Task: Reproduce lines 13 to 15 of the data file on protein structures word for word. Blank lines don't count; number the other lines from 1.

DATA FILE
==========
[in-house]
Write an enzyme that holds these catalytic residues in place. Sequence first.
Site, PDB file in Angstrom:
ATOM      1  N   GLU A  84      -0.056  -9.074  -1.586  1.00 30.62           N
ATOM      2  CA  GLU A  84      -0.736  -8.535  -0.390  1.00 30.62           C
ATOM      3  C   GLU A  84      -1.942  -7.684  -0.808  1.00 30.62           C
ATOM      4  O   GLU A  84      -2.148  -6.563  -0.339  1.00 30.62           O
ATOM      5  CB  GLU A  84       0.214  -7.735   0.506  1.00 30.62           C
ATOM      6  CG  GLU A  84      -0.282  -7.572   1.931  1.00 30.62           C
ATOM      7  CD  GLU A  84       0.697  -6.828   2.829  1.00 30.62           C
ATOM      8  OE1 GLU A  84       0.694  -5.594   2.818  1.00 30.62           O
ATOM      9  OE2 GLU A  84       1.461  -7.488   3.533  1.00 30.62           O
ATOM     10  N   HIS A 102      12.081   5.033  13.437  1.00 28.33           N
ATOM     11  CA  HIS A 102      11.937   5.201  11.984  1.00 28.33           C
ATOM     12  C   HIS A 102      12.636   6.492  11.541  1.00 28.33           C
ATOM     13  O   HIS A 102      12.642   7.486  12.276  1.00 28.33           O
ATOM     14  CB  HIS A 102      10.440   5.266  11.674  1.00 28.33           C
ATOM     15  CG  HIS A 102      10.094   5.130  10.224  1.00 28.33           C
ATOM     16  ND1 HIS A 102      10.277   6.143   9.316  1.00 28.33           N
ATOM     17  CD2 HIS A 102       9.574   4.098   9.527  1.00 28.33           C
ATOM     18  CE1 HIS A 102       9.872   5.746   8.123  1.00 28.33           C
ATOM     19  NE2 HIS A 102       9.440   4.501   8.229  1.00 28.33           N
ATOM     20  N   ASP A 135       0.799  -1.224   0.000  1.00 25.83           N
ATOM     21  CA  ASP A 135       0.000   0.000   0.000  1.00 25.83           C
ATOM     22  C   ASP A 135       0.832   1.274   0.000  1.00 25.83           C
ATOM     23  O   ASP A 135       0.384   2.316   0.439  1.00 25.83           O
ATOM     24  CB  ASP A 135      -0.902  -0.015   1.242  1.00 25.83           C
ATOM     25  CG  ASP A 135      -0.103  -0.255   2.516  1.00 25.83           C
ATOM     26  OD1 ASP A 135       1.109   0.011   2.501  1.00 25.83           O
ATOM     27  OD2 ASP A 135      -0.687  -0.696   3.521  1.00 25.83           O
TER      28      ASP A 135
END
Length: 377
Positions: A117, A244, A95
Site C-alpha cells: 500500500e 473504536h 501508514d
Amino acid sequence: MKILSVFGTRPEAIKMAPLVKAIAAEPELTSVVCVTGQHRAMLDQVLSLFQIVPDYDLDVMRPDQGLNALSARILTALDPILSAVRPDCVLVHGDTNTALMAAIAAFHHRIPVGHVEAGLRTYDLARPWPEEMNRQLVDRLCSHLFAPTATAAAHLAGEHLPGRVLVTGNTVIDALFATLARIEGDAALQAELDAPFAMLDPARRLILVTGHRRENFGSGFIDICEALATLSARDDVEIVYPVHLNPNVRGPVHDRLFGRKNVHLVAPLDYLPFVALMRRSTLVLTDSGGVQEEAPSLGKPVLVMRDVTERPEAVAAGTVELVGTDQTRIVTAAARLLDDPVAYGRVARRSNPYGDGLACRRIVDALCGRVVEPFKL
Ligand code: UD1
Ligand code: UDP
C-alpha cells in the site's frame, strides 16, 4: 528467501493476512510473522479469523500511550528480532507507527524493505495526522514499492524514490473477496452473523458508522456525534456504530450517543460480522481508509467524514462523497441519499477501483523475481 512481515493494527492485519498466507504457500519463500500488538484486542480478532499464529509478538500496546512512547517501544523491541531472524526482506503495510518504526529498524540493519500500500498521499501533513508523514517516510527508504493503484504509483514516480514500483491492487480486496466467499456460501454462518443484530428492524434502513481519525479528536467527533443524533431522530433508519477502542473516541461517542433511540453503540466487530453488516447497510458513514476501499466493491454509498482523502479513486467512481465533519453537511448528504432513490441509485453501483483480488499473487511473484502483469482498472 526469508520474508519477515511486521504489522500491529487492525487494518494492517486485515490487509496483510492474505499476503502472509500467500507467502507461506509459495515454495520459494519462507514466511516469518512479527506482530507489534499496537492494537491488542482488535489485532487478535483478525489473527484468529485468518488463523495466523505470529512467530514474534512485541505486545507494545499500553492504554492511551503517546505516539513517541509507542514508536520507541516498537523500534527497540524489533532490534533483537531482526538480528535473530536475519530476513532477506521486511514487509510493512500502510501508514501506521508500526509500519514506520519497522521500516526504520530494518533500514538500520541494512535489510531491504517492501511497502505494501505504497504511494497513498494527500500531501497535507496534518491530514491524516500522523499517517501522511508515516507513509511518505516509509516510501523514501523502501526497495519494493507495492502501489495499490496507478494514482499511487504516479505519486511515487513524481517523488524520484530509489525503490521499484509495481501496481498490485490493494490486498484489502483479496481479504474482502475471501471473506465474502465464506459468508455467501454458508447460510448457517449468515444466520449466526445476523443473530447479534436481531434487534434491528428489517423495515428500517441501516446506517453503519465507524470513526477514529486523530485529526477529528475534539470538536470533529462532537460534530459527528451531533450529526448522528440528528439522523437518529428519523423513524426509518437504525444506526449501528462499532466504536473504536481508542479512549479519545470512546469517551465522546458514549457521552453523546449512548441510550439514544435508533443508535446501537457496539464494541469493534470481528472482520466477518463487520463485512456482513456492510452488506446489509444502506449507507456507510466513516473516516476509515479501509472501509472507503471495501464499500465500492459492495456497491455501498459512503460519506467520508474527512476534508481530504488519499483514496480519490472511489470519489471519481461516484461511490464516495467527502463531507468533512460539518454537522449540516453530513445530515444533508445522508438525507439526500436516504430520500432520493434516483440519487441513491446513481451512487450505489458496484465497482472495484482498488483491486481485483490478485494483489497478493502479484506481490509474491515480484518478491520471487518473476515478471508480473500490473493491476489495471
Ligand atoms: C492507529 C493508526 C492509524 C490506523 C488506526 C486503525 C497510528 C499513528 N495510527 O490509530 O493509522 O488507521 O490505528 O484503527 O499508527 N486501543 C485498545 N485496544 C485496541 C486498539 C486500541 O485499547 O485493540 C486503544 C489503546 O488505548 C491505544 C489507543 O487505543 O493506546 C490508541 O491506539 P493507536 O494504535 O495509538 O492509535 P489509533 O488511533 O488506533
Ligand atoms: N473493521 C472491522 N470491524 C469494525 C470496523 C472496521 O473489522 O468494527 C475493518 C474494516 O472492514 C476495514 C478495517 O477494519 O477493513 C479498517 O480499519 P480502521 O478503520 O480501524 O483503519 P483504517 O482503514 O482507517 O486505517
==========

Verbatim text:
ATOM     10  N   HIS A 102      12.081   5.033  13.437  1.00 28.33           N
ATOM     11  CA  HIS A 102      11.937   5.201  11.984  1.00 28.33           C
ATOM     12  C   HIS A 102      12.636   6.492  11.541  1.00 28.33           C